Congress is set to make a brief appearance in Washington this week, then recess until after Election Day. That means a farm bill is likely to be left undone, just one of the many items on lawmakers' "to-do" lists that won't happen anytime soon.
In Chicago, parents were fuming over a weeklong strike by teachers. Around the rest of the country, in the face of growing evidence that many U.S. students are falling behind, administrators have tried to devise different ways to motivate teachers.
Careful planning can transform the shape and life of a city. But sometimes, a city's features develop spontaneously — like the immigrant enclaves that grow around certain jobs and trades in urban centers like New York.
Occupational cliches have been a fact of life in the Big Apple for generations. Historically, New Yorkers thought of Jewish tailors, Italian greengrocers or Irish policemen, says Philip Kasinitz, a sociologist with the City University of New York.
Originally published on Wed September 19, 2012 7:22 am
Credit Dr Pepper/Facebook
I'm a Pepper, You're a Pepper, but clearly, some people are not Peppers.
Dr Pepper's new Facebook ad campaign featuring an ape moving from all-fours, to seeing a soda on a rock, to an upright man, enjoying a Pepper, is apparently red meat to some creationists who are loudly expressing outrage at the idea that humans evolved from soda-discovering apes.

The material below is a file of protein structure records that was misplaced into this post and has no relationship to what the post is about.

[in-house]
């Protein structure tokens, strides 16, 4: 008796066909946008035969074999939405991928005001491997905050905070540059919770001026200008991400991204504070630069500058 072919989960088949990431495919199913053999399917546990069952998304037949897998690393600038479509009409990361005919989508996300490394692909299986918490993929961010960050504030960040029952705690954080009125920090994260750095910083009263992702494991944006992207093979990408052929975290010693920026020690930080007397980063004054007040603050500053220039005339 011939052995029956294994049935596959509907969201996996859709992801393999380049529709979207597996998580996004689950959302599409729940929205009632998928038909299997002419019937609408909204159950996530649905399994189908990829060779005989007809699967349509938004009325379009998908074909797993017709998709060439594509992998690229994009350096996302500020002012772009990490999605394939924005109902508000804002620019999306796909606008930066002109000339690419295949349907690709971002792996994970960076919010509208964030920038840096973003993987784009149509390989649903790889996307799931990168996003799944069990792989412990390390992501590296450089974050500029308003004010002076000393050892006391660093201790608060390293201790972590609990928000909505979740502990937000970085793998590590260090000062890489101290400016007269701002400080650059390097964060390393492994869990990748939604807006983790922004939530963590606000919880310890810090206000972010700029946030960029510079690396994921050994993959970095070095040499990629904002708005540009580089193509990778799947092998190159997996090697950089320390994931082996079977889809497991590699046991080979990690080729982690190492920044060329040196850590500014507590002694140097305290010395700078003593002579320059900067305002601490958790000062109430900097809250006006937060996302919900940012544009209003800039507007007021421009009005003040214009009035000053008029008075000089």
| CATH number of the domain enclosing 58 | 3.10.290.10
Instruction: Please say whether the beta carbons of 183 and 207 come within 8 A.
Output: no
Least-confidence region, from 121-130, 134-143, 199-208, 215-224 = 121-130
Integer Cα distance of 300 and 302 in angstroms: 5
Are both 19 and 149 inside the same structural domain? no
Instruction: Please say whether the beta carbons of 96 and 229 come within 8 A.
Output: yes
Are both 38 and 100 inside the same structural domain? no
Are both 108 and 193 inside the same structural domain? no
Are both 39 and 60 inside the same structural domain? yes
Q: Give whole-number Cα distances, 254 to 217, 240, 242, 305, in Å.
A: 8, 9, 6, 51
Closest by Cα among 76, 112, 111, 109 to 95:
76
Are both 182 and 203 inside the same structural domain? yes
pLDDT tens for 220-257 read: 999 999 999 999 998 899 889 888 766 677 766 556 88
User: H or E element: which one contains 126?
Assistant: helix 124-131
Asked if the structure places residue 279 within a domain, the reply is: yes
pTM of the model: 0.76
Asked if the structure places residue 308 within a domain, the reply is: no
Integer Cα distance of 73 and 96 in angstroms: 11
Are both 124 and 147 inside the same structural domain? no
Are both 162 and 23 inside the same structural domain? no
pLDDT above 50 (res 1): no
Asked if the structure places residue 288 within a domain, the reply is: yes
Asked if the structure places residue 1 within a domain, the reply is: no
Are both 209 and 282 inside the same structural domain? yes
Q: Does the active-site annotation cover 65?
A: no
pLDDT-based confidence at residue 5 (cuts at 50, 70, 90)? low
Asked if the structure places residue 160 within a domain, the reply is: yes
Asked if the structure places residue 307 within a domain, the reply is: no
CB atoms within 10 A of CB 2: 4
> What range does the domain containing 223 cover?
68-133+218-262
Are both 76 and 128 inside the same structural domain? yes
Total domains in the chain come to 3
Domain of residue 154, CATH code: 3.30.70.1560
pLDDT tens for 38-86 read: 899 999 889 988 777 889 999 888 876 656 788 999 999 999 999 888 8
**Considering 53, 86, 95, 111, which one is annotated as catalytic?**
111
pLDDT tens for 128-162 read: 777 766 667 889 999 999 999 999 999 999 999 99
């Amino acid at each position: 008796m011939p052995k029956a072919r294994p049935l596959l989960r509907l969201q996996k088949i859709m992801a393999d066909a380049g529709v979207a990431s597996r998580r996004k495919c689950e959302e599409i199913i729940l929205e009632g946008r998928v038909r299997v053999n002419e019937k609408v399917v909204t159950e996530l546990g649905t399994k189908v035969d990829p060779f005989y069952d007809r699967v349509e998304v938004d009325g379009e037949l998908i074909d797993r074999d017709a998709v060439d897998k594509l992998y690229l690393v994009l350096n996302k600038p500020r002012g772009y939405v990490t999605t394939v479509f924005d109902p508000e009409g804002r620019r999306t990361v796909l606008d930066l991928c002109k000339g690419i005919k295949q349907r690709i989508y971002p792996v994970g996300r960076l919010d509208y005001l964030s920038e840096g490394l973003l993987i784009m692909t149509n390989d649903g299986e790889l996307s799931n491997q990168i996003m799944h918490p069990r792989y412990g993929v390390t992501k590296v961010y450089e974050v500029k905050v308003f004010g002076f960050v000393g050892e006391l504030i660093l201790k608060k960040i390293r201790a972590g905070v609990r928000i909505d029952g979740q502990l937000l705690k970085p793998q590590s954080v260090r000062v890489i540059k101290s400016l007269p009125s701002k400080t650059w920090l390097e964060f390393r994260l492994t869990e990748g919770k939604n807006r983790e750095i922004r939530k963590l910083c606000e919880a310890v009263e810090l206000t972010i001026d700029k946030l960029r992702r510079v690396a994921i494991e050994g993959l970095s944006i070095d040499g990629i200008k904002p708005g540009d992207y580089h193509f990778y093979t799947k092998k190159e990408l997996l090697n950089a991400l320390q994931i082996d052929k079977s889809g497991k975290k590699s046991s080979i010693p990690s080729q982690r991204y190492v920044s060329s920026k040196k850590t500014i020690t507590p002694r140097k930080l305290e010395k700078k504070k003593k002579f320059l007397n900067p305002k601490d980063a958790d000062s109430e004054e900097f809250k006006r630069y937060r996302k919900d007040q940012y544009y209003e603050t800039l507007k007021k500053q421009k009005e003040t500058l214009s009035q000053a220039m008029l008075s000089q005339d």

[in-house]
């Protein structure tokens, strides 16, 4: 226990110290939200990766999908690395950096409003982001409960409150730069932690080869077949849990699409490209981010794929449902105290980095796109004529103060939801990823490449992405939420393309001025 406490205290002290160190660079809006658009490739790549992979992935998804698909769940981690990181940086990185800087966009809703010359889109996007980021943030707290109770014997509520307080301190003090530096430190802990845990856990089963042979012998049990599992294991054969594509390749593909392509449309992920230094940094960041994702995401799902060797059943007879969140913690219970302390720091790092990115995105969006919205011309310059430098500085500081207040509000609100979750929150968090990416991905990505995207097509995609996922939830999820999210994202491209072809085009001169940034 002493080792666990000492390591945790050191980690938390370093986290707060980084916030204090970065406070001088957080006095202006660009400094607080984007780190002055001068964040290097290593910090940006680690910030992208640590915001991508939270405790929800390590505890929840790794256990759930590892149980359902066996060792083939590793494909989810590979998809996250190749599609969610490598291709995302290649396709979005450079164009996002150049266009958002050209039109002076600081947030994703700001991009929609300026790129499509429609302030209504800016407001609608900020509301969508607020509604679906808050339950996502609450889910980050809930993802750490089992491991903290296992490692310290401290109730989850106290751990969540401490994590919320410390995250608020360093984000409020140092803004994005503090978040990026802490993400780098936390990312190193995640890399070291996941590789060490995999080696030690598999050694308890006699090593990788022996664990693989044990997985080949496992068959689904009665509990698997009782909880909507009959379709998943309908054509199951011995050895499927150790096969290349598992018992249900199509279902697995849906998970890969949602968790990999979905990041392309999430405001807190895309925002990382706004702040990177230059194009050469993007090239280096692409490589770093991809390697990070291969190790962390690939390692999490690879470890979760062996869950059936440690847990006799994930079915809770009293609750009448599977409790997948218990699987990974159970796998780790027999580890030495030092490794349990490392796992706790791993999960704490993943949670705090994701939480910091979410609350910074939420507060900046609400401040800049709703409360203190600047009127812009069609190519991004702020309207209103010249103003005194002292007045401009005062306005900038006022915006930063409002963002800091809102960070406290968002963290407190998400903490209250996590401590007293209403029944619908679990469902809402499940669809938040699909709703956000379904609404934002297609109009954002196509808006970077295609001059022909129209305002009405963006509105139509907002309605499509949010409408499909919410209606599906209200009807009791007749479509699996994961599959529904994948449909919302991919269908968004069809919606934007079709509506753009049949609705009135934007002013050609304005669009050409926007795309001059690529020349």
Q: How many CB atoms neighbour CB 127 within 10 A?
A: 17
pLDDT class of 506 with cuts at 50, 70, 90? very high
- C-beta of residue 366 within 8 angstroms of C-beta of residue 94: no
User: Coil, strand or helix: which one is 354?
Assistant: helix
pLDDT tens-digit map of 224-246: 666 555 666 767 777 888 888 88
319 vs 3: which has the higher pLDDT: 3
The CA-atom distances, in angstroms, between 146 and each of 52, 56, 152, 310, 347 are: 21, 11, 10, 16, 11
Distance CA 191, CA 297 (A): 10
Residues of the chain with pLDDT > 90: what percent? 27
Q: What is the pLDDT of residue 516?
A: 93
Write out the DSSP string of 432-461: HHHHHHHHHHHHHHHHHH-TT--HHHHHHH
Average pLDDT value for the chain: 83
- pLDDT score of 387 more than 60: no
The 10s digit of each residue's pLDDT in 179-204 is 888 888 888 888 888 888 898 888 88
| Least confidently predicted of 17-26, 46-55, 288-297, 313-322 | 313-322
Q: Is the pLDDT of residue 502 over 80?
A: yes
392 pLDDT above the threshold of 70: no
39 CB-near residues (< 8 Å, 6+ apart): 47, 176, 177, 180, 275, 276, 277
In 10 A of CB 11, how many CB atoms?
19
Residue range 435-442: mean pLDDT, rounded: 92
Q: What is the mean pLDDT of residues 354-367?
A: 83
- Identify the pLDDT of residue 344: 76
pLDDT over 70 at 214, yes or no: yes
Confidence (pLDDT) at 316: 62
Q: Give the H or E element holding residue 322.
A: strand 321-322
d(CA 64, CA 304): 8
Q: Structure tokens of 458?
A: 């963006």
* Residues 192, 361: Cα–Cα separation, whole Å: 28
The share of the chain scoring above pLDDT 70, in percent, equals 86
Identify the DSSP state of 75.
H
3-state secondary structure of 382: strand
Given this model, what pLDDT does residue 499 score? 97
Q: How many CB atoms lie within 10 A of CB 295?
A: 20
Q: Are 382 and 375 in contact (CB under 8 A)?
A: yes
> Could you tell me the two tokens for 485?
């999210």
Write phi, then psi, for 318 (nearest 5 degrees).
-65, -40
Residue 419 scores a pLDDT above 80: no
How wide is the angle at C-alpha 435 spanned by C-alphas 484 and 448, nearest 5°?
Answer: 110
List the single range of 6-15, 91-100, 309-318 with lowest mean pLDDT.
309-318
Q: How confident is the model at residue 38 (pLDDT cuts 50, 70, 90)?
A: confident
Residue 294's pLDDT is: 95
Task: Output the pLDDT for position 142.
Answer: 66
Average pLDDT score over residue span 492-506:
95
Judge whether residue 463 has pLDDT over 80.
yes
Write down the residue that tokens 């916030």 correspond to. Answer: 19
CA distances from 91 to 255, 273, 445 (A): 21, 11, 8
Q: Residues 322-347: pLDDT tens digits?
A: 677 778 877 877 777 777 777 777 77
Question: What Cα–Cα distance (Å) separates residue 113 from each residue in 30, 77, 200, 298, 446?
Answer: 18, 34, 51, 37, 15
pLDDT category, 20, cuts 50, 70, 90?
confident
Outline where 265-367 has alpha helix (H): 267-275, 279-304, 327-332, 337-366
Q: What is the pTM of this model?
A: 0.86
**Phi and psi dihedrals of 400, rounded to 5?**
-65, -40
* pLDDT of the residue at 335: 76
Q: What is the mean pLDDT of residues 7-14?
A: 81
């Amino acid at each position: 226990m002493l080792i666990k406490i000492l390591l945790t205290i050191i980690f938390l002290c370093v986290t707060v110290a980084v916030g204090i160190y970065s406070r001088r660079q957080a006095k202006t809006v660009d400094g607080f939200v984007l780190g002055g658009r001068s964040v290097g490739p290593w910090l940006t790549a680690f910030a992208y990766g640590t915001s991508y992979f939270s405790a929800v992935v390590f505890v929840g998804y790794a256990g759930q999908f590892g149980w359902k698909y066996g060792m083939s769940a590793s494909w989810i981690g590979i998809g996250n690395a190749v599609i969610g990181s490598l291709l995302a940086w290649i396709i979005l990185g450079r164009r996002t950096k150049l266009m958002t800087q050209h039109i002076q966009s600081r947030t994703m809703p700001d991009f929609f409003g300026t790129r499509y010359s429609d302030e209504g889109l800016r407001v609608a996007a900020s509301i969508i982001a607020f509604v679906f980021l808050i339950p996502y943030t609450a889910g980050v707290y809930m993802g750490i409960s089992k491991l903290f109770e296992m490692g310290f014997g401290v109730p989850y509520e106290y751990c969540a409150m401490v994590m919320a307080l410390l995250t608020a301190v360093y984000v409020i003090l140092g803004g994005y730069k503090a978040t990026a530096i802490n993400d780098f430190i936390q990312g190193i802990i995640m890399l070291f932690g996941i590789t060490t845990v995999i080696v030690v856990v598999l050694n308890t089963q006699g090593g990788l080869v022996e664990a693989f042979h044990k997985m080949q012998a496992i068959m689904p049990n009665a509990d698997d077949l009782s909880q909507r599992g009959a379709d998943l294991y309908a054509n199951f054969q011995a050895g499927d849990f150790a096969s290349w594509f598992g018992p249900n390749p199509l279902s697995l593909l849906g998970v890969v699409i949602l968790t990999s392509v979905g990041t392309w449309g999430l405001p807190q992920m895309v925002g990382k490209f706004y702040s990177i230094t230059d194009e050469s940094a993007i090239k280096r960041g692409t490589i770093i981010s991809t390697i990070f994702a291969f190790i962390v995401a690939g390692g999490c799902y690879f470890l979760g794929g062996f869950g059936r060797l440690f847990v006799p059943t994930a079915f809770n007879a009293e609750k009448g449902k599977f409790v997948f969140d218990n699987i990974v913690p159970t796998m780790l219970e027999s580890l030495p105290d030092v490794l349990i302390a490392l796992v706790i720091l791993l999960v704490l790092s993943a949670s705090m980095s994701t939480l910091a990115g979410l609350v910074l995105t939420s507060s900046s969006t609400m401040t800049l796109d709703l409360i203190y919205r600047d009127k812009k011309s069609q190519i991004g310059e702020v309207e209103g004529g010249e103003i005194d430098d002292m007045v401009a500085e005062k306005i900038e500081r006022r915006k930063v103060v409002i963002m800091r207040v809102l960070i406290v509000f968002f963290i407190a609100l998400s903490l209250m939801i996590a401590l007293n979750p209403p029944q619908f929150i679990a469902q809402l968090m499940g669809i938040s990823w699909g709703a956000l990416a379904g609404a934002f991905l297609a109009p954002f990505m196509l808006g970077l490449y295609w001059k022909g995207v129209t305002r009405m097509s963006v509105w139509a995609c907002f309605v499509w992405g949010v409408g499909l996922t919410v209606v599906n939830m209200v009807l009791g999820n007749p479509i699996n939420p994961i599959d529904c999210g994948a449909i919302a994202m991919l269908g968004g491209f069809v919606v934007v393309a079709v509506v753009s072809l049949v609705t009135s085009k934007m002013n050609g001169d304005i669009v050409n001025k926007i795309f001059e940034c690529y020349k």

Demand for Apple's iPhone 5 is expected to be so big that one economist predicted sales could boost the U.S. economy 1/2 percent. And Apple's going to court to shut down what it sees as copycats. Slate columnist Farhad Manjoo talks about who's competing with Apple, and whether it's working.
Originally published on Tue September 18, 2012 12:37 pm
By Adam Frank
Imagine every thousandth blood cell in your body has a tiny radio transmitter in it. Imagine that 10 times a second that transmitter sends each cell's location to a computer storing the data. Along with position, it also sends the concentration of a list of 10 chemicals encountered at receptors distributed at 10 sites over the surface of each cell. Now imagine following all those blood cells for an hour. That makes a billion blood cells being sampled 10 times a second for 3,600 seconds.
NPR's business news starts with a delay in Arctic drilling.
A controversial oil drilling project in Arctic waters off Alaska is being pushed back to next year. Oil giant Shell blames a combinations of problems with an oil containment device, drifting sea ice and the need for permits. This is the second delay this year in oil companies search for oil in the Arctic. In July, BP shelved its plans to drill in the Beaufort Sea because of new stricter safety standards. Transcript provided by NPR, Copyright National Public Radio.
GOP presidential nominee Mitt Romney has criticized President Obama for not taking a harder line against China. On Monday, the White House announced a new trade complaint over what the administration calls China's unfair subsidies for auto parts. The news came as Obama campaigned in Ohio, where auto parts are big business.